There was a diverse range of historic vessels with depth to their stories and provenance. I also sat in with MC Peter Gubbins while he made announcements over the PA and pointed out highlights as vessels went by in parades or other events, and helped him out by commentating on one of the races for the historic fleet of 21-Foot Restricted Class yachts. I later gave an overview of the ARHV and progress at museum. On Saturday evening everyone was treated to 15 minutes of spectacular fireworks set off from Hindmarsh Bridge.
Sunday brought more events. The historic steam locomotive Duke of Edinburgh was running the Cockle Train, taking passengers from the wharf at Goolwa down to Victor Harbour and return. This added a whole new dimension to the festival, drawing crowds every time it came in, and of course a nice way to complement the paddle steamers on the water.
There were speedboat events and more sailing, including another heat of the 21s. I was able to crew as forward hand aboard one of them, Marcelle – my own design, built there in 2010. Before the race I also spent some time with the Ngarrindjeri community who were holding craft workshops in their tent, talking to Auntie Ellen Trevorrow and others about the work we have done with Aboriginal watercraft and sharing things we both knew about resins and materials from our different regions.
During the afternoon the festival wound down with presentations for the best boats, winners of the races, and a final run of the paddle steamers. Despite the hot weather it was a wonderful, lively event in a classic, heritage setting.
On Monday I undertook further work at South Australian Museum on behalf of the ARHV. I first met with Mark Pharaoh, Senior Collections Manager, Mawson Centre, Australian Polar Collection, and History of Science Collection at the Science Centre, adjacent to the museum and university. He had three intriguing craft with connections to Australian Arctic and Antarctic exploration, in particular through explorer John Rymill. One was an Inuit sea kayak, and the other two were collapsible boats.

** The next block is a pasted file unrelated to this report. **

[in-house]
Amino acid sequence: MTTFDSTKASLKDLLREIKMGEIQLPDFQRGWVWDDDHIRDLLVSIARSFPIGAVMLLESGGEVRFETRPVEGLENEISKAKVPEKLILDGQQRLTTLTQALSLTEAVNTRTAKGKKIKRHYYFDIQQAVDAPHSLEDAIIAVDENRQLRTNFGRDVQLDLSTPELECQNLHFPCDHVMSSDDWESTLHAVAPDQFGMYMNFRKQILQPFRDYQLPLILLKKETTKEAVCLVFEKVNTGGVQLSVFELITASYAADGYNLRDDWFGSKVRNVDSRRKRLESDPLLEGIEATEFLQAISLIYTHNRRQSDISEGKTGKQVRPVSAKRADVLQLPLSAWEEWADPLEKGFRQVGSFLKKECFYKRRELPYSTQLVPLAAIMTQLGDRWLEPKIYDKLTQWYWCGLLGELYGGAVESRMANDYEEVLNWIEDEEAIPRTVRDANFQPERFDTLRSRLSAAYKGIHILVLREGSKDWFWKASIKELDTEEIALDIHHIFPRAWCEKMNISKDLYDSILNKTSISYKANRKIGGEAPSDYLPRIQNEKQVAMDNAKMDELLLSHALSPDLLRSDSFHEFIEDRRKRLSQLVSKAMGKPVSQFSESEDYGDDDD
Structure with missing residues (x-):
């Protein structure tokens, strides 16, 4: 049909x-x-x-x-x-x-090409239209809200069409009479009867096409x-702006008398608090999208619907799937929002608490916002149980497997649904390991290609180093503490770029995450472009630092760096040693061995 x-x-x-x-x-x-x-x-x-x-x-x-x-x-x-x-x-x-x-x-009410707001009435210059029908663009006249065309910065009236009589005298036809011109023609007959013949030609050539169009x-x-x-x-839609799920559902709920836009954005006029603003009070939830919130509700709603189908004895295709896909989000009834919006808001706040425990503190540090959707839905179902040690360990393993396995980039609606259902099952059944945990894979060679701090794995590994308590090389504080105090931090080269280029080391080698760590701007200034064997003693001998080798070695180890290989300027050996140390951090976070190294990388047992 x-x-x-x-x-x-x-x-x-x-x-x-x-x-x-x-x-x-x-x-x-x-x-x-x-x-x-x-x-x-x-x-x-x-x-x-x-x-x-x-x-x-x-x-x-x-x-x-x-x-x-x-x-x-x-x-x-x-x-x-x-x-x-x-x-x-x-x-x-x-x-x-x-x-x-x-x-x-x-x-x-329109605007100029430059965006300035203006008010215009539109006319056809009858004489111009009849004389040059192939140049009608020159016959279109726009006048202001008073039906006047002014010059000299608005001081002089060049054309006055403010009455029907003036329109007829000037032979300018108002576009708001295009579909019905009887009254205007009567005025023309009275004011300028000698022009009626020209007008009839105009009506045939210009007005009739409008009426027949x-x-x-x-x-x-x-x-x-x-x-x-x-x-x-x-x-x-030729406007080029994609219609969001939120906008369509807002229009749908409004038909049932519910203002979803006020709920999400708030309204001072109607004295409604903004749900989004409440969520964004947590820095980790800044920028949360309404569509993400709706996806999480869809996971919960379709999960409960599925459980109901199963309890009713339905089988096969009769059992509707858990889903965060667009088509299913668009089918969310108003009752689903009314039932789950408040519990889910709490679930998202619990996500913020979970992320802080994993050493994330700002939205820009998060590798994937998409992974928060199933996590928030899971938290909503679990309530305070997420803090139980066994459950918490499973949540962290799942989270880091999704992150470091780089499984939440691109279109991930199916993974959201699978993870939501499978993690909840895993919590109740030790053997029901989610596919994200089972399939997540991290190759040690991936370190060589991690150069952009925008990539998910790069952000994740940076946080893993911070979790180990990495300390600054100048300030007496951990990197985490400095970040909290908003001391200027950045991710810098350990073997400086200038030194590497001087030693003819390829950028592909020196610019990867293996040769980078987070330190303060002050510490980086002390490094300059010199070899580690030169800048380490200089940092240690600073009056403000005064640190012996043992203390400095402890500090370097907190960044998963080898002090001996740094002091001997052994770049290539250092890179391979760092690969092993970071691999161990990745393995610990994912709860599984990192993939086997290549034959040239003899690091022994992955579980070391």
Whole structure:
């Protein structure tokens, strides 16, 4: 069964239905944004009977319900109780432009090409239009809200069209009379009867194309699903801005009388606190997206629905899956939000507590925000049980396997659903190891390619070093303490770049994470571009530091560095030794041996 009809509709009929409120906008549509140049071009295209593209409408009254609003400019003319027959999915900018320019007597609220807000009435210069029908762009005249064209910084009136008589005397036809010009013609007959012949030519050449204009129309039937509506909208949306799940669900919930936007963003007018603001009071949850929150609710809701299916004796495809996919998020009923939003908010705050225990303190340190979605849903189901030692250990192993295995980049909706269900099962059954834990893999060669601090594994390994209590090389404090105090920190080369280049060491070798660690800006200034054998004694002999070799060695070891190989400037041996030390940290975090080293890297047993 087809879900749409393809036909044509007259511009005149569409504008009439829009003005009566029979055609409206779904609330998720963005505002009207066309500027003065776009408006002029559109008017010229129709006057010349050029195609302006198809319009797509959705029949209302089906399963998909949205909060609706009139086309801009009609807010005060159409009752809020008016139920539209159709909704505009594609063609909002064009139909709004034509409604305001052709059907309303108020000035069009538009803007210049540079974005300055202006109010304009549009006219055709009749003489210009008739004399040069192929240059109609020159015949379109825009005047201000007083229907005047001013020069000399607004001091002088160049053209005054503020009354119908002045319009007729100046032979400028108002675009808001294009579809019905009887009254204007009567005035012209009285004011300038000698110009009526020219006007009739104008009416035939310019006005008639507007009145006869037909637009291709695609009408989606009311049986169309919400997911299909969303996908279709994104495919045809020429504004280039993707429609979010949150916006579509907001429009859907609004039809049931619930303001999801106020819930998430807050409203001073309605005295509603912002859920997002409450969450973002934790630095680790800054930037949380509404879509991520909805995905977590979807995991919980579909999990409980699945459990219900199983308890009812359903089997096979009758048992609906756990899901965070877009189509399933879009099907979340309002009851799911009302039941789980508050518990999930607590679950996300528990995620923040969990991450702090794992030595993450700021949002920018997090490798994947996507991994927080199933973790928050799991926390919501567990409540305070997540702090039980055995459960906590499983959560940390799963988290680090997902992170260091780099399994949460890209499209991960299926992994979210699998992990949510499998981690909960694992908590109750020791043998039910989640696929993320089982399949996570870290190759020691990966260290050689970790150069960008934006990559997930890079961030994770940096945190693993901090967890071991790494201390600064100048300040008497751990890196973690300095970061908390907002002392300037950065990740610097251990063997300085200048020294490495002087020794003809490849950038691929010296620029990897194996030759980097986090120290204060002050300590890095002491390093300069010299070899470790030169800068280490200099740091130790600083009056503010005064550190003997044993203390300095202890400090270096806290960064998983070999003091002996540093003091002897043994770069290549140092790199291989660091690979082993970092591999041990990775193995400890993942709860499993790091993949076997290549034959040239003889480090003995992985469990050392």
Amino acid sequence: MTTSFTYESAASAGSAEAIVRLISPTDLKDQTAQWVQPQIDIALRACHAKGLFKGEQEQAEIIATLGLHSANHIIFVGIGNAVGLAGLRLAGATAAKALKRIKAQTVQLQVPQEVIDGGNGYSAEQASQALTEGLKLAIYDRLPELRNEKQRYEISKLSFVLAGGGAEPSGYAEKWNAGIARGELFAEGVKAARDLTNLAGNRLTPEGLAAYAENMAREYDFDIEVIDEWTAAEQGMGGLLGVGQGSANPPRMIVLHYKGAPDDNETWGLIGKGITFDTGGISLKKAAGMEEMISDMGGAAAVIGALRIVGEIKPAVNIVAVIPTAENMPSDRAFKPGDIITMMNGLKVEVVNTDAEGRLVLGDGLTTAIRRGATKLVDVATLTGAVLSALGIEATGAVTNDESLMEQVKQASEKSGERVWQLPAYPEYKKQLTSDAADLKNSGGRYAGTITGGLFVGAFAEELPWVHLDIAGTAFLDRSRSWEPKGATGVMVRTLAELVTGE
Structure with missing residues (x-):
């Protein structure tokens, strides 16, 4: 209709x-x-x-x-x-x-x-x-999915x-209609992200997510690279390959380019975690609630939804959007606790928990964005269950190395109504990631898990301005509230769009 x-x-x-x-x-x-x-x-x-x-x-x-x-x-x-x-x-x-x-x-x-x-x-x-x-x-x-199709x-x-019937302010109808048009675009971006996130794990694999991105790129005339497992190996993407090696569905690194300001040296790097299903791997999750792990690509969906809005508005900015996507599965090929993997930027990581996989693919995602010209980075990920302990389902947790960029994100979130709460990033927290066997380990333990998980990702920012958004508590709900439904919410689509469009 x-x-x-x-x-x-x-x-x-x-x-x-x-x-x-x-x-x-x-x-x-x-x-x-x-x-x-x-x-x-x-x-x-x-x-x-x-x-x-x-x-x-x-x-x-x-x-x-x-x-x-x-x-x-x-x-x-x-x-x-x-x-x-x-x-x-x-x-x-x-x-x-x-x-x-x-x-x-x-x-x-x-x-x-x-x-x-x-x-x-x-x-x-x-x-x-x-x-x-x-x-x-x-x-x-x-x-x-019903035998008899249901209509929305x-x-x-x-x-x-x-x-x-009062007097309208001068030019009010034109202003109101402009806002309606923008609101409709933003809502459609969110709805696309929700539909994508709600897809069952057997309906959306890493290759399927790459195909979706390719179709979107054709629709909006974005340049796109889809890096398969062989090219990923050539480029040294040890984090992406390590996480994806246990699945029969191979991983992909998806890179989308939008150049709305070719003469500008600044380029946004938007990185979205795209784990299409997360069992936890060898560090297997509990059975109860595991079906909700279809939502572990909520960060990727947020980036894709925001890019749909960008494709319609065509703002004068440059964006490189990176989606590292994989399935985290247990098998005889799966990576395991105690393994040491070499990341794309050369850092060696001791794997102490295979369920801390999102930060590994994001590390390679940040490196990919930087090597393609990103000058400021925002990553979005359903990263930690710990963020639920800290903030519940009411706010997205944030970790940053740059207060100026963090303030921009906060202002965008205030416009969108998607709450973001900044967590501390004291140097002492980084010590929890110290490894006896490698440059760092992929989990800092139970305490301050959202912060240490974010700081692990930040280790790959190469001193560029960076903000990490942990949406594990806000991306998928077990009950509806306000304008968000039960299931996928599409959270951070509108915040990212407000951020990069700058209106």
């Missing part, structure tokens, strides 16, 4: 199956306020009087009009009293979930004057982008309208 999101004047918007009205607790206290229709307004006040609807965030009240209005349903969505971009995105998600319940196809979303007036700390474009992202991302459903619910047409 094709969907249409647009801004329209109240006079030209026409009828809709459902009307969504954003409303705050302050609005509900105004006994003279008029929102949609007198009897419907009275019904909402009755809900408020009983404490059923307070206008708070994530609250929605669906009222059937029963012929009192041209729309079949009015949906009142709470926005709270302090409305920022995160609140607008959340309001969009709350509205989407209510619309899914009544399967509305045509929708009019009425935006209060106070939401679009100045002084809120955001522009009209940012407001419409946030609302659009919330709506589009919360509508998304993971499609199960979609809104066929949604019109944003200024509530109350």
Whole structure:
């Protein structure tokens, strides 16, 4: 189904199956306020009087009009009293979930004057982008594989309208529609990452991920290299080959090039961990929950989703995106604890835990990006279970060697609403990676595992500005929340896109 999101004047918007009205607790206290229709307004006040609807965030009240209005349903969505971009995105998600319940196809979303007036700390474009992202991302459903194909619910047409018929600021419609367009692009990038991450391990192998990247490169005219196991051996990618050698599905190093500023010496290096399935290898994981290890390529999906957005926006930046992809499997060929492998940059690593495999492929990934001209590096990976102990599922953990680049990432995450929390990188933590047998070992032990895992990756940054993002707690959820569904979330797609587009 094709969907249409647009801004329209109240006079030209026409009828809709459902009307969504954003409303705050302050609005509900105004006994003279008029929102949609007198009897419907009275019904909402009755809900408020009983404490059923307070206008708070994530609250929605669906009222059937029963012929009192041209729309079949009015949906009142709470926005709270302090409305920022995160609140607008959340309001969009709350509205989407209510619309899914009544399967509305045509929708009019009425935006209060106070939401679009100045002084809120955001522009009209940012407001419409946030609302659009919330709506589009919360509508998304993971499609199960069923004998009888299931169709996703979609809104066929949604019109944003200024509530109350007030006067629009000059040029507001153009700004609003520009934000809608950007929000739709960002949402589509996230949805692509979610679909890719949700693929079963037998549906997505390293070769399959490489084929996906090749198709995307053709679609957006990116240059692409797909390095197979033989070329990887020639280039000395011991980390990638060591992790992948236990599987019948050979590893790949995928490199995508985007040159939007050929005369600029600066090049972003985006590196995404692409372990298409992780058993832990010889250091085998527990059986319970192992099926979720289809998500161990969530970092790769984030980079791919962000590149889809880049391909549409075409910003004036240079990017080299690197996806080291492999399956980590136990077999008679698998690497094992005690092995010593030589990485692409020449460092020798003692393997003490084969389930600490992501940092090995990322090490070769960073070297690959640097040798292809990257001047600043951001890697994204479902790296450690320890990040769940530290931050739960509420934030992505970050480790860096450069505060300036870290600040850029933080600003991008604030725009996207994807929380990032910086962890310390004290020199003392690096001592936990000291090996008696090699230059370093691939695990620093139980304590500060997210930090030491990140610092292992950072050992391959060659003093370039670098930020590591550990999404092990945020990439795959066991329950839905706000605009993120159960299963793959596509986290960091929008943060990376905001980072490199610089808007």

Following on from this I spent time with Dr Keryn Walshe from the South Australian Museum (SAM). Her extensive work with Indigenous collections and archaeology includes the many canoe trees of the region and the existence of watercraft, in particular the possibilities on the Fleurieu Peninsula. We identified two more craft – a pair of rafts – in the SAM collection to consider for the ARHV and I went to the museum to see them.
That afternoon I spent two hours with 92-year-old World War II veteran Moss Berryman at his retirement village home. He is the only surviving member of the crew that took the former Japanese fishing boat Krait on the famous Operation Jaywick raid on Singapore Harbour in 1943. One of my current projects involves preparing plans of Krait to determine its 1943 configuration, and we went through what he could recall about MV Krait during his time board it. At the same time he told me stories of their preparation and training, and how close they came to being unmasked by a Japanese patrol vessel as they were leaving Indonesian waters on the return journey. It is an inspiring tale.
David Payne, Curator Historic Vessels